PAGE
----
EXTREME high and low temperatures are causing fewer deaths in Spain compared to 40 years ago due to more air conditioning and heating units being installed in homes.
A study shows that the country’s socio-economic development has done much more to reduce mortality, especially that caused by high temperatures, than other measures like heatwave warning alerts.
The survey was carried out by the Barcelona Institute for Global Health (ISGlobal) and has been published in the scientific journal Environment International.
The team of experts led by Hicham Achebak focused on trying to determine what demographic and socio-economic factors could have contributed to the fact that, despite the notable increase in temperatures recorded in Spain in the last 40 years, the number of deaths due to heat, but also that of deaths caused by cold, have seen a very significant decrease.
Researchers collected data on daily mortality from all causes plus climate variations (mainly temperatures and relative humidity) from 48 Spanish provinces between the start of the 1980s and December 2018.
These figures were linked to 14 other indicators, including variables such as housing, family income, equipment, and education over the same time period.
The analysis found a notable decrease in temperature-related mortality despite the fact that in the last four decades the average increase in temperatures was about 0.36 degrees per decade.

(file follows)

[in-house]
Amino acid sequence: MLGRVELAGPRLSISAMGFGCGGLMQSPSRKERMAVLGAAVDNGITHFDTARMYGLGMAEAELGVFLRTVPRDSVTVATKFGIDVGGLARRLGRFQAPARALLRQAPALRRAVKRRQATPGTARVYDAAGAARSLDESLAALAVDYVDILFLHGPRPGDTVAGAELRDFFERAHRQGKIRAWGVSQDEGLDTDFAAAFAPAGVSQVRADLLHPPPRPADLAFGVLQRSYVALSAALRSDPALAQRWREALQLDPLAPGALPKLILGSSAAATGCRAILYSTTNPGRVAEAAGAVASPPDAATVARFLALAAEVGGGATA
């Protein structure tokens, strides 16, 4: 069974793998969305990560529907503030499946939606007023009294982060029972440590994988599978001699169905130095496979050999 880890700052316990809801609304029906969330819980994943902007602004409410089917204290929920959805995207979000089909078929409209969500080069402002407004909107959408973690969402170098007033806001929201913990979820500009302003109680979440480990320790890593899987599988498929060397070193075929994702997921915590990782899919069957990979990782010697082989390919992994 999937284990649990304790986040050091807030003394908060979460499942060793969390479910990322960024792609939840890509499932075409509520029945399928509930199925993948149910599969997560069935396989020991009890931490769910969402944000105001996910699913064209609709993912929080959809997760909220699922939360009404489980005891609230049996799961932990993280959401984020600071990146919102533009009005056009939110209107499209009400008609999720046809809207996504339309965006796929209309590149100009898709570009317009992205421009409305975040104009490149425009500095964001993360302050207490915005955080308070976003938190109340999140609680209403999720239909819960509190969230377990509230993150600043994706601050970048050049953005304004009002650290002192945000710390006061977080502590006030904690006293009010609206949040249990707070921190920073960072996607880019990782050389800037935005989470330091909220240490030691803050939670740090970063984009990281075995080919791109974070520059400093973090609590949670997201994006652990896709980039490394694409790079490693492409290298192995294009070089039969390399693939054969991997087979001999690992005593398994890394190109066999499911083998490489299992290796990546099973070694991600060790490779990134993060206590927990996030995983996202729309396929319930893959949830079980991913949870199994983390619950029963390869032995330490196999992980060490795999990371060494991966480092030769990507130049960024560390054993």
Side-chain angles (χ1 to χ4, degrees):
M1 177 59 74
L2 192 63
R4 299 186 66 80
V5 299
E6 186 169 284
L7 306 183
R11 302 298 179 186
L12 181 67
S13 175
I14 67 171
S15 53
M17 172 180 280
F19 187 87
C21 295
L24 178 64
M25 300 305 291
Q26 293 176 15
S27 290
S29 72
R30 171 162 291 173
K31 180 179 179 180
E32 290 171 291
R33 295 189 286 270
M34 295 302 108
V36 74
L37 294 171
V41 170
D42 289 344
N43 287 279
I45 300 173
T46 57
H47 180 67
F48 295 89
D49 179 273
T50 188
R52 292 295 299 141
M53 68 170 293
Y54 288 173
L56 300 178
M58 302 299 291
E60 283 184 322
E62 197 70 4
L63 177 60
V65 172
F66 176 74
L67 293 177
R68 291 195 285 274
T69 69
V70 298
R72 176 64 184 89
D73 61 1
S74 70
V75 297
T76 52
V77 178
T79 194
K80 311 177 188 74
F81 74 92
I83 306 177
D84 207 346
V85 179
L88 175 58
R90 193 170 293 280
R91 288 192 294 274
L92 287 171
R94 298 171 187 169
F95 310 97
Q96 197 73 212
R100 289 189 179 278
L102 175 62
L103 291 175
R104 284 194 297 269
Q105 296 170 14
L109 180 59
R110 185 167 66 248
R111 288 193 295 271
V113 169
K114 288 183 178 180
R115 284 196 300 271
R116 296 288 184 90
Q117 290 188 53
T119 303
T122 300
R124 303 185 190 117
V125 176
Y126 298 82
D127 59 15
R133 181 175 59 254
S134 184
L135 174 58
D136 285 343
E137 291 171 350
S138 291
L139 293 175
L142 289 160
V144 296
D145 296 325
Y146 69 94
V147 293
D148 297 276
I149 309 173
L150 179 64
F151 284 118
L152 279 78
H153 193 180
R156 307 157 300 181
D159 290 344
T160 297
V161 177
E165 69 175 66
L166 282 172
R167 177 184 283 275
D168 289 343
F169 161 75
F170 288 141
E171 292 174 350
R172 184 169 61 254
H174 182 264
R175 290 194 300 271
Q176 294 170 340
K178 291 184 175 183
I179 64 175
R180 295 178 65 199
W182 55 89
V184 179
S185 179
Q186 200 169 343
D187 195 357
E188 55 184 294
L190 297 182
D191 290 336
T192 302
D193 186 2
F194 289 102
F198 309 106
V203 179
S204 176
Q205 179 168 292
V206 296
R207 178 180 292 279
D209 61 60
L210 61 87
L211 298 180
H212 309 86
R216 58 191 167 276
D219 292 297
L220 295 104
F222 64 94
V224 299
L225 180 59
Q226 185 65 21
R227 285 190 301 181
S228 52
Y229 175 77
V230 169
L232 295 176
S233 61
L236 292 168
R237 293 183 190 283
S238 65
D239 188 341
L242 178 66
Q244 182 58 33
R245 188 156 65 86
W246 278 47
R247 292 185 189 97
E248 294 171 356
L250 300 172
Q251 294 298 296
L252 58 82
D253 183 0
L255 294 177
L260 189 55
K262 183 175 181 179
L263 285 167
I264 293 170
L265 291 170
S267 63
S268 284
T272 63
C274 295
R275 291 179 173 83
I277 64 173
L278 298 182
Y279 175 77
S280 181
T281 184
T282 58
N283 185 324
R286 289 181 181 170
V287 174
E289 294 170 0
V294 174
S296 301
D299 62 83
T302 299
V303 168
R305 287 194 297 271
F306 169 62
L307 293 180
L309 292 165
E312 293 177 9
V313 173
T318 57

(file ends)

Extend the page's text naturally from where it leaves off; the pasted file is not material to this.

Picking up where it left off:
That number showed an even more pronounced increase in the summer months, when the average rise per 10 years was 0.40 degrees Celsius.
The studies concluded that the key element of a progressive decrease in deaths was the increasing presence of air conditioning and heating in homes.
Achebak’s team attributes the 28.6% reduction in heat-related deaths achieved over the past forty years and the 31.5% drop in deaths from extreme heat waves to the increase of units to cool homes and work settings.
The scientists, however, underline the disparity of this health benefit according to different provinces, since for many homes ‘air conditioning remains unaffordable’.
Heating represents a very similar advance, as it would have reduced deaths from the cold by 38.3% in forty years and by 50.8% if only deaths from extreme cold are taken into account.
Mortality from cold would have dropped even more, they say, had it not been for the notable increase in population numbers of those aged over 65.